What is a data mart?
A data mart is a curated database including a set of tables that are designed to serve the specific needs of a single data team, community, or line of business, like the marketing or engineering department. It is normally smaller and more focused than a data warehouse, and generally exists as a subset of an organization's larger enterprise data warehouse. Data marts are commonly used for analytics, business intelligence, and reporting. Data marts were the first evolutionary step in the physical reality of central data warehouses and data lakes. ACNielsen offered their clients the first data mart in the early 1970s to provide a way for them to store information digitally and boost their sales efforts.
Characteristics of data marts
- Typically built and managed by the enterprise data team, although they can be built and maintained by business unit SMEs organically as well.
- Business group data stewards maintain the data mart, and end users have read-only access — they can query and view tables, but cannot modify them, in order to prevent less technically-savvy users from accidentally deleting or modifying critical business data.
- Typically uses a dimensional model and star schema.
- Contains a curated subset of data from the larger data warehouse. The data is highly structured, having been cleansed and conformed by the enterprise data team to make it easy to understand and query.
- Designed around the unique needs of a particular line of business or use case.
- Users typically query the data using SQL commands.
Types of data marts: independent data marts, dependent data marts, and hybrid data marts
Today, there are three basic types of data marts:
- Independent data marts are not part of a data warehouse, and are very similar to the original data mart offered by ACNielsen. They are typically focused on one area of business or subject area. Data sources can include both external and internal sources. It is then translated, processed, and loaded into the data mart, where it is stored until needed.
- Dependent data marts are built into an existing data warehouse. A top-down approach is used, supporting the storage of all data in a centralized location. A clearly defined section of data is then selected for purposes of research.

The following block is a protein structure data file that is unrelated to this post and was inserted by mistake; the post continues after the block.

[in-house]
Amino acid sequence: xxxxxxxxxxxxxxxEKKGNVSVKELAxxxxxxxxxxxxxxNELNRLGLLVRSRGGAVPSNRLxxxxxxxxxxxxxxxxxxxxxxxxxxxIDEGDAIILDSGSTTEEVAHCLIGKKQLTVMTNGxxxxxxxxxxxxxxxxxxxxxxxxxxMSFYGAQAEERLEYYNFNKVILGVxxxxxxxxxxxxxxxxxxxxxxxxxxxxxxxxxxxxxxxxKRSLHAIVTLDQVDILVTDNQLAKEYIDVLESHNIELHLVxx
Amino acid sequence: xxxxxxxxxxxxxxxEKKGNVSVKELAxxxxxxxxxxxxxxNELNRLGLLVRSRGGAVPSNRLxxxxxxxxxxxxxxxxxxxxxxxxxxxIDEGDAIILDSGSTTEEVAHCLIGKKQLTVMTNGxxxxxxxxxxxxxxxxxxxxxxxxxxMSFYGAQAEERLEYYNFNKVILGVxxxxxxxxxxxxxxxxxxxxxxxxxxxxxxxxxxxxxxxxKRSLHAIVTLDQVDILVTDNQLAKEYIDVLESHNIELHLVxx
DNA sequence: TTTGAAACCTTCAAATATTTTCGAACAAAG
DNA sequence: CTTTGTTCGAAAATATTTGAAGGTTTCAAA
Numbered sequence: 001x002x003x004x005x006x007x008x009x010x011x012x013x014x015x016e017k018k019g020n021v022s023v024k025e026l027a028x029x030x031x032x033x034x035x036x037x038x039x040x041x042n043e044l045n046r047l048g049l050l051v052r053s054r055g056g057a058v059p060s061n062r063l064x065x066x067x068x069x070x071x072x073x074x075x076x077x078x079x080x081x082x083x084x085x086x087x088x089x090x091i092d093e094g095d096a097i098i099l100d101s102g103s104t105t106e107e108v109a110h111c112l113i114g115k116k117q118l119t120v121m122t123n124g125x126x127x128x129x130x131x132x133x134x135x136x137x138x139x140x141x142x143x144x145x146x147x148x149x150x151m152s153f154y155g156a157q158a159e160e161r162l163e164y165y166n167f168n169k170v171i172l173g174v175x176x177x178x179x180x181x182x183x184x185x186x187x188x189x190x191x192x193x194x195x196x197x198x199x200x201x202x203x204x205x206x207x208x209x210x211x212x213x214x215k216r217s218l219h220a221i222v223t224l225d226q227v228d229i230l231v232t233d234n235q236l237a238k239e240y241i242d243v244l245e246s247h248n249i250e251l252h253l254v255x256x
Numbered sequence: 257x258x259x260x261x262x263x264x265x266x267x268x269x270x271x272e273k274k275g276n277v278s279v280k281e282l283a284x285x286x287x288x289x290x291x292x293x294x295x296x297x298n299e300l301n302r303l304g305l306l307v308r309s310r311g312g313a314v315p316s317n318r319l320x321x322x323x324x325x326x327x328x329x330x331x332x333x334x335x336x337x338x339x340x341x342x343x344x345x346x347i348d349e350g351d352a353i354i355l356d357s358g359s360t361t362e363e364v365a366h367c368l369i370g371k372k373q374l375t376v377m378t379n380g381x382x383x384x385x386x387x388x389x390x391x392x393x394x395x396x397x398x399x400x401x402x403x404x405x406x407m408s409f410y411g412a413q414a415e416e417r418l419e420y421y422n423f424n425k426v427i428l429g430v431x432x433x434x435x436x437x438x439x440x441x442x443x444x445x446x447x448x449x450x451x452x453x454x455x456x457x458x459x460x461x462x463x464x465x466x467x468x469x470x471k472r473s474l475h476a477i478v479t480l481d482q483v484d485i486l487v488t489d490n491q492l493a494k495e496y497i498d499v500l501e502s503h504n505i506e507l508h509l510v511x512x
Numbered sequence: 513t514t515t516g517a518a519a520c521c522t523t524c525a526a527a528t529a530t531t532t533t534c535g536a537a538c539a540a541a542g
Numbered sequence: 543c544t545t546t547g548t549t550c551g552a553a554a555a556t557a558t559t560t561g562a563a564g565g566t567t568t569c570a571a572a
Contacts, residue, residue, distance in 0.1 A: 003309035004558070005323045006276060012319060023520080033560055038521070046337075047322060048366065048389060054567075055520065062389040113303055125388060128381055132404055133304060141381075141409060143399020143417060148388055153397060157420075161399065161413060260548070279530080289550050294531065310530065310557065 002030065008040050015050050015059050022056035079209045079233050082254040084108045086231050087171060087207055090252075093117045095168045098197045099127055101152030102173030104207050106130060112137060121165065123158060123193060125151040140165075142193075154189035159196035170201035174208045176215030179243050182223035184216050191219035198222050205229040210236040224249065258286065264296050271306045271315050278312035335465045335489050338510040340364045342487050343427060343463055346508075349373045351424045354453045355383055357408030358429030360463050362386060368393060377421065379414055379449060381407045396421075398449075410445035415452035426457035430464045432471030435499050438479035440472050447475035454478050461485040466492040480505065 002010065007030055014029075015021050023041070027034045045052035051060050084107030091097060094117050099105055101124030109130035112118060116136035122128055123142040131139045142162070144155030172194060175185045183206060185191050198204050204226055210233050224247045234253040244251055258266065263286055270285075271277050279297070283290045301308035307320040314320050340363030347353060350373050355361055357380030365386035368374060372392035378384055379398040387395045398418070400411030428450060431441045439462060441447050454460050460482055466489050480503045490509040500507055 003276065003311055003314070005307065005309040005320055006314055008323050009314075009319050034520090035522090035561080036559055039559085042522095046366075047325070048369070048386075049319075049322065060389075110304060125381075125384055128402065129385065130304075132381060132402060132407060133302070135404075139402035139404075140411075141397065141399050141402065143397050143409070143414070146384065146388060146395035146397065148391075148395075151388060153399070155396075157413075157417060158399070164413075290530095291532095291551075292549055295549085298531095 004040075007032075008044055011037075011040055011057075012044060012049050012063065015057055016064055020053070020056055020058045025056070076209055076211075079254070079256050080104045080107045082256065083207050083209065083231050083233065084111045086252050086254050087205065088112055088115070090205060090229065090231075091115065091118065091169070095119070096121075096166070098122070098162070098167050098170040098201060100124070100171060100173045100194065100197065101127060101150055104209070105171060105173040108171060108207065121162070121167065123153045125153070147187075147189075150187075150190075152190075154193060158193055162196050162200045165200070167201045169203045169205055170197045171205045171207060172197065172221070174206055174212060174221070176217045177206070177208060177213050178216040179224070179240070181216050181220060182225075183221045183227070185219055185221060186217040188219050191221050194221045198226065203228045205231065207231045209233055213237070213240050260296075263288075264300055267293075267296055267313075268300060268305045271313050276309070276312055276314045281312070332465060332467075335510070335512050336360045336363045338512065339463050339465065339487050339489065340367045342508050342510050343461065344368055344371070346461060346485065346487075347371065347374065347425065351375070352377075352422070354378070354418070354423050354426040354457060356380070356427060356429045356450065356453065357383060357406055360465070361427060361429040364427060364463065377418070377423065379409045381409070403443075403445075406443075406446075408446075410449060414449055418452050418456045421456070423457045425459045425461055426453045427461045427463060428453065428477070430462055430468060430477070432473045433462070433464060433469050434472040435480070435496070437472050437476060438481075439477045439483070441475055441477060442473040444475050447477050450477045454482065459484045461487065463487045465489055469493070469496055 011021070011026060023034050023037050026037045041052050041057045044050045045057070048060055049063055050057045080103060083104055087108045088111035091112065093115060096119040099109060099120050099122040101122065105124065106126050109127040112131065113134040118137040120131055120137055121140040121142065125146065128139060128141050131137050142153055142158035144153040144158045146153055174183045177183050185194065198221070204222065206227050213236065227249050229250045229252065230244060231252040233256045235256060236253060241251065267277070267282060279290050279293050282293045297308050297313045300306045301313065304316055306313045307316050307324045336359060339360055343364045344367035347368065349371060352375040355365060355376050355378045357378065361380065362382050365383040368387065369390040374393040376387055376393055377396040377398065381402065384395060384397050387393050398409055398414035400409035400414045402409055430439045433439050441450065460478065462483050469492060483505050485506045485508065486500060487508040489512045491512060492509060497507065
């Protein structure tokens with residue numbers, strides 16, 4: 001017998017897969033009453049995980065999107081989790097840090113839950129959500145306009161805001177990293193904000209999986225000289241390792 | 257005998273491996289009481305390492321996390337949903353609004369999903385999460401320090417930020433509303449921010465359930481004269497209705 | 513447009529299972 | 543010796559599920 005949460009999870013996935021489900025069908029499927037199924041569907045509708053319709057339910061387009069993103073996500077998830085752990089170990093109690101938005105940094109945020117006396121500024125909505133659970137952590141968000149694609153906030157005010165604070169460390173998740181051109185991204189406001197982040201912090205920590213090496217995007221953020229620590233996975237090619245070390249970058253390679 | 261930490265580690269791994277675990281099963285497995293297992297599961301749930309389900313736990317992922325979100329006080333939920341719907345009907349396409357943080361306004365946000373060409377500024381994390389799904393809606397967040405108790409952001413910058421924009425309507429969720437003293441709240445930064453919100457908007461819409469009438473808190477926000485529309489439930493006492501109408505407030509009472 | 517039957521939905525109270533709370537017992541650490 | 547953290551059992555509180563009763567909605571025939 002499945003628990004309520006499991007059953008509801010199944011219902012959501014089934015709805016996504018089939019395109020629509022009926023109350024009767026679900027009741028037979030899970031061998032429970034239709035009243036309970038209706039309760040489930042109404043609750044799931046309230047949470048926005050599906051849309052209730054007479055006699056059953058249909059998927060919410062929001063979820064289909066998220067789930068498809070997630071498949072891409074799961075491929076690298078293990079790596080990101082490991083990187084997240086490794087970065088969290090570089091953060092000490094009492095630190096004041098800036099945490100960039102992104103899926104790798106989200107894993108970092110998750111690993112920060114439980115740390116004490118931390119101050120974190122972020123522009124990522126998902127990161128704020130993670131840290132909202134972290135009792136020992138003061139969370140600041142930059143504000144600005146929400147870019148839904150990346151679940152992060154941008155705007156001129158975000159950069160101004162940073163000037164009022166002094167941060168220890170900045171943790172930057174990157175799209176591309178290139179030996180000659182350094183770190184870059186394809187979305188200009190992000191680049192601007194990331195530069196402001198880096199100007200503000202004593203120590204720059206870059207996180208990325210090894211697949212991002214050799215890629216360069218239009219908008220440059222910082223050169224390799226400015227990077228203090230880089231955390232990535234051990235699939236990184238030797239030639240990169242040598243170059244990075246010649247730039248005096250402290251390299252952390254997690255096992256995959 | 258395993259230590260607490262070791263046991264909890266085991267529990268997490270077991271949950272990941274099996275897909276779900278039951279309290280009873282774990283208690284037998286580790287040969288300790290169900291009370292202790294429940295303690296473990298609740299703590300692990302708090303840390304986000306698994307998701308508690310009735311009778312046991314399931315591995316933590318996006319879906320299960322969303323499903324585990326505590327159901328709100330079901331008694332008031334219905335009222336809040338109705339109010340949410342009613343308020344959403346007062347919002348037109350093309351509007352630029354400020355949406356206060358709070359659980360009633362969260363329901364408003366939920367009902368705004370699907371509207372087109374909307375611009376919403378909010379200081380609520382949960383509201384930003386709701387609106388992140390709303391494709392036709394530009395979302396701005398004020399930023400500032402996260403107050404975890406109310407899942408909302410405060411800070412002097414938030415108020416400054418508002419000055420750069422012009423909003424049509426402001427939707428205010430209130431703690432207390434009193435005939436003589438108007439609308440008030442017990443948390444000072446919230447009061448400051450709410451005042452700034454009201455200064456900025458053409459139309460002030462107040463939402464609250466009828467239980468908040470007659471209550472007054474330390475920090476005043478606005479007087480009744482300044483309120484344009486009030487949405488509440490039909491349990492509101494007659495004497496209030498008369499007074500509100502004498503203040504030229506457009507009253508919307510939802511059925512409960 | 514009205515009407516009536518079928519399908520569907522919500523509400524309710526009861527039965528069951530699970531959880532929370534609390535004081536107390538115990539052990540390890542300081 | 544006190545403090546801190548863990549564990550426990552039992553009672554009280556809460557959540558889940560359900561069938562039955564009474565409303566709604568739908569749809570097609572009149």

- Hybrid data marts combine the data taken from a data warehouse and "other" data sources. This can be useful in a variety of situations, including providing the ad hoc integration with a new group, or product, which has been added to an organization. Hybrid data marts are well-suited for multiple database environments and provide fast implementation turnaround. These systems make data cleansing easy, and work well with smaller data-centric applications.
Benefits of data marts
- Single source of truth — the data mart can serve as a single source of truth for a particular line of business, so everyone is working off of the same facts and data.
- Simplicity — business users looking for data can visit the curated data mart for easy access to the data they care about, instead of having to wade through the entire data warehouse and join tables together to get the data they need.
Challenges with data marts
Enterprise data warehouses are created with good intentions to serve all of an enterprise's data management needs. But invariably, you can't keep everyone happy, as different business units have different data needs and objectives. So departments copy and create their own data marts (sometimes with Enterprise IT help) with the aim of augmenting a particular data warehouse's subject area, to meet their self-service analytics and departmental reporting needs. As a result, over time, data marts can become data silos and shadow copies of data — from an enterprise perspective — but they do serve the department's needs well. When many departments do this - there is no single version of truth.
How Lakehouse solves the challenges with data marts
Lakehouse solves the challenges mentioned above by putting all of the enterprise data warehouses and data marts on one platform, with unified security and governance — while still offering different teams the flexibility to have their own sandboxes. Since any data mart or "augmented copy" is made on the same Lakehouse platform as all the others — the Lakehouse's data catalog discovers that, and given the Data Governance rules like tagging and using a data dictionary etc., it ensures that the augmented copy is made discoverable by all — preventing similar duplicate copies.
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